?exact-name\({python-numpy,mysql-server,python-six,python-wheel,apache2,python-urllib3,python-setuptools}\) \
  | sort -uk1,1
apache2 2.4.7-1ubuntu4.8                                                        
mysql-server 5.5.46-0ubuntu0.14.04.2                                            
python-numpy 1:1.8.2-0ubuntu0.1                                                 
python-setuptools 3.3-1ubuntu2                                                  
python-six 1.5.2-1ubuntu1                                                       
python-urllib3 1.7.1-1ubuntu4                                                   
python-wheel 0.24.0-1~ubuntu1                                                   


$ apt-show-versions python-numpy mysql-server python-six python-wheel apache2 python-urllib3 python-setuptools
apache2 not installed
mysql-server:all/trusty-security 5.5.46-0ubuntu0.14.04.2 uptodate
python-numpy:amd64/trusty-updates 1:1.8.2-0ubuntu0.1 uptodate
python-setuptools:all/trusty-updates 3.3-1ubuntu2 uptodate
python-six:all/trusty-updates 1.5.2-1ubuntu1 uptodate
python-urllib3:all/trusty-updates 1.7.1-1ubuntu4 uptodate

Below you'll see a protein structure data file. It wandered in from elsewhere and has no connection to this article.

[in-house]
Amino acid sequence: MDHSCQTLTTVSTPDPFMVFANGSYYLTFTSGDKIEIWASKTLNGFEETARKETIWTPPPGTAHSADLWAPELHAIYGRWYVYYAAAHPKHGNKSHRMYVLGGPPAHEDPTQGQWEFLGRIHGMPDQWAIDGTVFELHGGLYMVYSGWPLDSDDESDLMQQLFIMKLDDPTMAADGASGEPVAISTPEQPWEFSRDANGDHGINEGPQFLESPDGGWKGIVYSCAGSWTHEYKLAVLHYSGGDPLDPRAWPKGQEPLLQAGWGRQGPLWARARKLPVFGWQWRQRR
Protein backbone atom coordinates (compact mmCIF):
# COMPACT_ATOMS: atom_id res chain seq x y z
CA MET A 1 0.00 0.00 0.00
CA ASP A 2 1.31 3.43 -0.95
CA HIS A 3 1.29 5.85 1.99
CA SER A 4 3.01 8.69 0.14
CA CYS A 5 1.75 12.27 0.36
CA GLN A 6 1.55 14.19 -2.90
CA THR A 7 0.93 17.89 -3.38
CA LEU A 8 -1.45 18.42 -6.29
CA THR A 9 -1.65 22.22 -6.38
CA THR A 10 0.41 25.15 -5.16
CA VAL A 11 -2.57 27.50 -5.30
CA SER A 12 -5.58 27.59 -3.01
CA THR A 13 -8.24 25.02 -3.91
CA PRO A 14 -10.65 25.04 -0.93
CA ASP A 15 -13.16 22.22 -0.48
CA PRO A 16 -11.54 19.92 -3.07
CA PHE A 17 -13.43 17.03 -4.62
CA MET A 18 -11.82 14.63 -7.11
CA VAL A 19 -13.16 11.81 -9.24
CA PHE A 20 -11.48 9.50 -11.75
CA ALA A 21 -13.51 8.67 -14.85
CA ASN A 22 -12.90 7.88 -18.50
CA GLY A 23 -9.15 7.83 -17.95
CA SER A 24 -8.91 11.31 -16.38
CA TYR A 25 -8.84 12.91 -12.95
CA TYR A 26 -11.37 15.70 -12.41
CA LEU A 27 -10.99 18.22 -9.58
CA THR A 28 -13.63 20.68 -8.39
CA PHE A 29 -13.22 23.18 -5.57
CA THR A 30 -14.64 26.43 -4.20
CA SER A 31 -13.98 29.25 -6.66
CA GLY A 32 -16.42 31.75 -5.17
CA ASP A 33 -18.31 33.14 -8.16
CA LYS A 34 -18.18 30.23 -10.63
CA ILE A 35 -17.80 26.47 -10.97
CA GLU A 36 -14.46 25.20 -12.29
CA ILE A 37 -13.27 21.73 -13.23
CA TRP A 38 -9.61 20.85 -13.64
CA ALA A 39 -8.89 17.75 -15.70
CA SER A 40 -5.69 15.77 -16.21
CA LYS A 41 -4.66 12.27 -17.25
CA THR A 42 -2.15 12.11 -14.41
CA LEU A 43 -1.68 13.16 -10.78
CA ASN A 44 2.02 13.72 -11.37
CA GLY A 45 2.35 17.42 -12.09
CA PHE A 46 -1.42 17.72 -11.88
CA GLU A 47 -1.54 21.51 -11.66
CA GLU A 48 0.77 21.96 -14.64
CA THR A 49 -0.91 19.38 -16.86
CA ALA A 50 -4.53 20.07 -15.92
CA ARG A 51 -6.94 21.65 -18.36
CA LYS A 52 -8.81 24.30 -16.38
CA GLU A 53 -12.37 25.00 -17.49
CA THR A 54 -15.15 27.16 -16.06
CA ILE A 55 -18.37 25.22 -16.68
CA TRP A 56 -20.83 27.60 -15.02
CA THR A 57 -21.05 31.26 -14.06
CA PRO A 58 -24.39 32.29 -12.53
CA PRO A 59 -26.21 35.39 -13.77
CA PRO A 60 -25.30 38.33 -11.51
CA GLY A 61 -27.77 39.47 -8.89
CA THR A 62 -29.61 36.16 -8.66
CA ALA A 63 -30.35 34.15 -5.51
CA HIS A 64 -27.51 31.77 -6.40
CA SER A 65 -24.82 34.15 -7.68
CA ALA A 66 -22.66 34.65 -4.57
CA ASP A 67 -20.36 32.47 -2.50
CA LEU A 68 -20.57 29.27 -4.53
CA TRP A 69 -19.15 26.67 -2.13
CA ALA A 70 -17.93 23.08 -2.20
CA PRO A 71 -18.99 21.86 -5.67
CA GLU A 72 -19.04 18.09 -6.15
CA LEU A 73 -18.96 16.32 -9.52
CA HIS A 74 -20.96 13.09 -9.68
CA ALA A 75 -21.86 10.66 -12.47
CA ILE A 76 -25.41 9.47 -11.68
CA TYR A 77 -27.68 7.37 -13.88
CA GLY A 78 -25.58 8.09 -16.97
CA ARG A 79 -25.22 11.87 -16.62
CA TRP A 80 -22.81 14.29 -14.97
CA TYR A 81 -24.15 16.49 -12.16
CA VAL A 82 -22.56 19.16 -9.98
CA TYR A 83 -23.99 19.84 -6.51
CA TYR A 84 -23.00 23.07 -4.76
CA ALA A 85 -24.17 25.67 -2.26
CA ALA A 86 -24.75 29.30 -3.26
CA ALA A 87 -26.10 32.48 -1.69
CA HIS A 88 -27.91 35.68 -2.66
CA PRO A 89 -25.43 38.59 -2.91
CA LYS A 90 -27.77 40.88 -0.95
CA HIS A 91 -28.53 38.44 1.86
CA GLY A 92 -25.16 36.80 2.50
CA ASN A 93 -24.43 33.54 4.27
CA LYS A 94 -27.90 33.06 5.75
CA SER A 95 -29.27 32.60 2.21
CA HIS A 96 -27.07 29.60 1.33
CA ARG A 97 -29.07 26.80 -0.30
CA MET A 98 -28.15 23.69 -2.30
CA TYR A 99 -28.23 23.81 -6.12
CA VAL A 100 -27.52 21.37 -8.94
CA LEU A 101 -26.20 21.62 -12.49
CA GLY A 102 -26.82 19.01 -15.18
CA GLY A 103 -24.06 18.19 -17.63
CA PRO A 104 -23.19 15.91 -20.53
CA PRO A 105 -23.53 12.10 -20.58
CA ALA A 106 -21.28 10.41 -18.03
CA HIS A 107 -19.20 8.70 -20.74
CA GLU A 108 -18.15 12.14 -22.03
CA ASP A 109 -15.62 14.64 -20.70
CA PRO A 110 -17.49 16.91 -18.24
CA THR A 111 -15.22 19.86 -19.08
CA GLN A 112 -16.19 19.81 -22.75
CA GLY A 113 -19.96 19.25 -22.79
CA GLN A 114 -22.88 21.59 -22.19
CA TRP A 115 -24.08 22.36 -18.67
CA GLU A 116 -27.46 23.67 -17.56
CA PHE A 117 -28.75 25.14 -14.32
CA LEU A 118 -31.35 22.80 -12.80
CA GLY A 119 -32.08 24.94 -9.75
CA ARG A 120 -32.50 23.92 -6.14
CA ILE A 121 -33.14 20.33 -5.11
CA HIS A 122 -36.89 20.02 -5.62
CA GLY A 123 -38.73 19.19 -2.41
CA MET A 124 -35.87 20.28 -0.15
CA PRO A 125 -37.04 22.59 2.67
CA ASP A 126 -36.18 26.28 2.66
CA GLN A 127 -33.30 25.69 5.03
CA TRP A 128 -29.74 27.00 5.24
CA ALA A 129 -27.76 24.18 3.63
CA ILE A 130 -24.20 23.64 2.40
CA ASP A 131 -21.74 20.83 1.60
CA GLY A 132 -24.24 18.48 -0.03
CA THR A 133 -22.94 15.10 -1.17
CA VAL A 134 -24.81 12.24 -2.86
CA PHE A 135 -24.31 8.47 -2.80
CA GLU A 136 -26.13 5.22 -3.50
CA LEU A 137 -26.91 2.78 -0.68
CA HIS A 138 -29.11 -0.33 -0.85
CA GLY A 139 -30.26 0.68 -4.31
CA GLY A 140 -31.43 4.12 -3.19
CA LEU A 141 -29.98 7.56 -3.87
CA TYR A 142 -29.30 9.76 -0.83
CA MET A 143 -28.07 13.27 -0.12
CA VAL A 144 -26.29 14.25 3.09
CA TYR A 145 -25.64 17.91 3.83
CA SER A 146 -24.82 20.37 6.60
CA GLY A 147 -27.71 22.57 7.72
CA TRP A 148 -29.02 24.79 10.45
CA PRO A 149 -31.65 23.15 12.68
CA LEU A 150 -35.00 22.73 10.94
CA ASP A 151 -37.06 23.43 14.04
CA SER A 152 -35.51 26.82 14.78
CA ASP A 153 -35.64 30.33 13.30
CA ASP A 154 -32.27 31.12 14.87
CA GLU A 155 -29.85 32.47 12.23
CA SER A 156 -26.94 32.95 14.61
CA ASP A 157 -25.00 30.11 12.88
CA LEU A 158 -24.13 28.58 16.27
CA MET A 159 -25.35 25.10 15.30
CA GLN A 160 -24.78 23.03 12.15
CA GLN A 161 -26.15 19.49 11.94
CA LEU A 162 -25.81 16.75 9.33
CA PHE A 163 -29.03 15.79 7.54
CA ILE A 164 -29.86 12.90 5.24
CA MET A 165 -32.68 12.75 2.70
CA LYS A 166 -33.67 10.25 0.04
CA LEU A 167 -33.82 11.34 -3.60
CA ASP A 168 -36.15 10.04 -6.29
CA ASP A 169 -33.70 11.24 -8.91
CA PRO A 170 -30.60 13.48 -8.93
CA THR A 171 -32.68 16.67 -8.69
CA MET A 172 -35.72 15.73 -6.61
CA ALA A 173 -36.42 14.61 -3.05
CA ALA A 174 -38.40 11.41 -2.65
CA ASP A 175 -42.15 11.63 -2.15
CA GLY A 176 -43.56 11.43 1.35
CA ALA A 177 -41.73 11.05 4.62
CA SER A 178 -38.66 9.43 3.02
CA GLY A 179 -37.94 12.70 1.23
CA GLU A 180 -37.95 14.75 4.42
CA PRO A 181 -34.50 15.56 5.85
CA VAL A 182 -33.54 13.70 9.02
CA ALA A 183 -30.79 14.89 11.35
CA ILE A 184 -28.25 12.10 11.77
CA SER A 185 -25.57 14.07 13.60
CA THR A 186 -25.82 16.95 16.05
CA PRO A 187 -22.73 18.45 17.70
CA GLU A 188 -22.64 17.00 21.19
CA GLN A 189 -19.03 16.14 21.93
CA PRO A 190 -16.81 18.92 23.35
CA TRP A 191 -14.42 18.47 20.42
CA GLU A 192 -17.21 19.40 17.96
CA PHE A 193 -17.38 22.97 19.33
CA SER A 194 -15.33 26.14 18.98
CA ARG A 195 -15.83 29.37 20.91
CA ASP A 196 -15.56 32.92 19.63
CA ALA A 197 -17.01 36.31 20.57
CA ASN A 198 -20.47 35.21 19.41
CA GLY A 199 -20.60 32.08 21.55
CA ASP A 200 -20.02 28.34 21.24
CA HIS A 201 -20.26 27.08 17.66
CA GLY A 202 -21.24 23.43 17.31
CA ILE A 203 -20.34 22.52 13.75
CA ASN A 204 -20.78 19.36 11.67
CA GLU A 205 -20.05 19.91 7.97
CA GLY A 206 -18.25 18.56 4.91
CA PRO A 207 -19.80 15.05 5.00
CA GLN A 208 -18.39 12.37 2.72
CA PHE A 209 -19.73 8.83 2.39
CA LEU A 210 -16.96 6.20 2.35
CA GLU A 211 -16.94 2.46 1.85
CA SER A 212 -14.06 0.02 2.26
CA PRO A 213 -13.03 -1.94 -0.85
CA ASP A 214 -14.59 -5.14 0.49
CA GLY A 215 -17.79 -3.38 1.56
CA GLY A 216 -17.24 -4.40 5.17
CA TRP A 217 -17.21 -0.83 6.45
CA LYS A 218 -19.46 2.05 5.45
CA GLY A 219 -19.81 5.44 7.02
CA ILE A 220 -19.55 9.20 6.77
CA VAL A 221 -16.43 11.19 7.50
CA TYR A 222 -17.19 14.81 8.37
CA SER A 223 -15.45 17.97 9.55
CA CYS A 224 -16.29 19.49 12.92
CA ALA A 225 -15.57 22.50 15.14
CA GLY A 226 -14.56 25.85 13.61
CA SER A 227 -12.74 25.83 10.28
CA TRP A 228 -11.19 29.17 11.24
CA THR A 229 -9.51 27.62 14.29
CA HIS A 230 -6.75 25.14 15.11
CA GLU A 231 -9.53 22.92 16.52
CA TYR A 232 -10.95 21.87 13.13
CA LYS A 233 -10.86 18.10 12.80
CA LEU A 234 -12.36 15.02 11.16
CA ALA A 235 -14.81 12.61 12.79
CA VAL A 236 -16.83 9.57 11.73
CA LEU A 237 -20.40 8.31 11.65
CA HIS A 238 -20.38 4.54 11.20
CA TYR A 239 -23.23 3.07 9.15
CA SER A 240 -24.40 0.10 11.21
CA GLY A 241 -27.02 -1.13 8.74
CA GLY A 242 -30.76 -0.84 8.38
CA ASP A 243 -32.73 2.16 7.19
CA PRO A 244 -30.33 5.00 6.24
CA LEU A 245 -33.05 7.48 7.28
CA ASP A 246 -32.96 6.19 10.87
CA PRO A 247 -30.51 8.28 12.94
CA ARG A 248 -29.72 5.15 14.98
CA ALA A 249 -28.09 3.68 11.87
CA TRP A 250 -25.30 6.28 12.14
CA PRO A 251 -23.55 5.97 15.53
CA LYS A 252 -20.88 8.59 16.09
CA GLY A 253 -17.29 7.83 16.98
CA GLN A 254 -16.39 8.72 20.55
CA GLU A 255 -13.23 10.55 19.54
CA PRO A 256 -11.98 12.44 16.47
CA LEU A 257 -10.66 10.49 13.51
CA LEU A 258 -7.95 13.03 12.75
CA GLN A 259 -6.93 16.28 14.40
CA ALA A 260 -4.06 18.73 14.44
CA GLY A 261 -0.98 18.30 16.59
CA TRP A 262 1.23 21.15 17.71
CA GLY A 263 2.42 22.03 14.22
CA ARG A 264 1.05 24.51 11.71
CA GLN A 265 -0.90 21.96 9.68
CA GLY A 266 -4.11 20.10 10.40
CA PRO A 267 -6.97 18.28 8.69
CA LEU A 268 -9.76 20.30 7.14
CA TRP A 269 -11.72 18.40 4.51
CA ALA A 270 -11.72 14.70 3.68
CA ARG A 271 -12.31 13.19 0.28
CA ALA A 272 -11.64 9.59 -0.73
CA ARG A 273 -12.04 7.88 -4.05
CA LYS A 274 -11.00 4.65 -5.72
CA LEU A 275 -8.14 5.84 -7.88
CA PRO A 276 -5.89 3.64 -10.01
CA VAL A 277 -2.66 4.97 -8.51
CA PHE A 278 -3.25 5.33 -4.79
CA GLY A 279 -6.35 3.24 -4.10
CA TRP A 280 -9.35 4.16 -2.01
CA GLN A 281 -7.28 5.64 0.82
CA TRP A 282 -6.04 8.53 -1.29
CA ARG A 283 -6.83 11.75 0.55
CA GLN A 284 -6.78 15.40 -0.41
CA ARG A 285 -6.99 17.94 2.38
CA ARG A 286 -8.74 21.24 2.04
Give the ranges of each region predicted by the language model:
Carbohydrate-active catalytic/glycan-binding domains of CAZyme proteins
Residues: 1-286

python-wheel:all/trusty-updates 0.24.0-1~ubuntu1 uptodate

The most obvious difference is it apparently doesn't include packages that are not currently installed.

  • Thank you! My main concern is that it works. The aptitude approach would be the better option here then. Why do you have sort -uk1,1 rather than just sort-u?
    – edesz
    Jan 3, 2016 at 22:38
  • @WR the k1,1 is so that sort only looks at the first field (i.e. the package name) when eliminating duplicates. At least I think that's how it works. Jan 3, 2016 at 22:44
  • You could use ?or() instead of shell expansion, but that tends to make aptitude slow, so using regexes is prefered.
    – Braiam
    Jan 4, 2016 at 4:28
  • @Braiam thanks - do you know what the syntax of an ?or() version would be? I tried that but couldn't seem to get it right Jan 4, 2016 at 5:35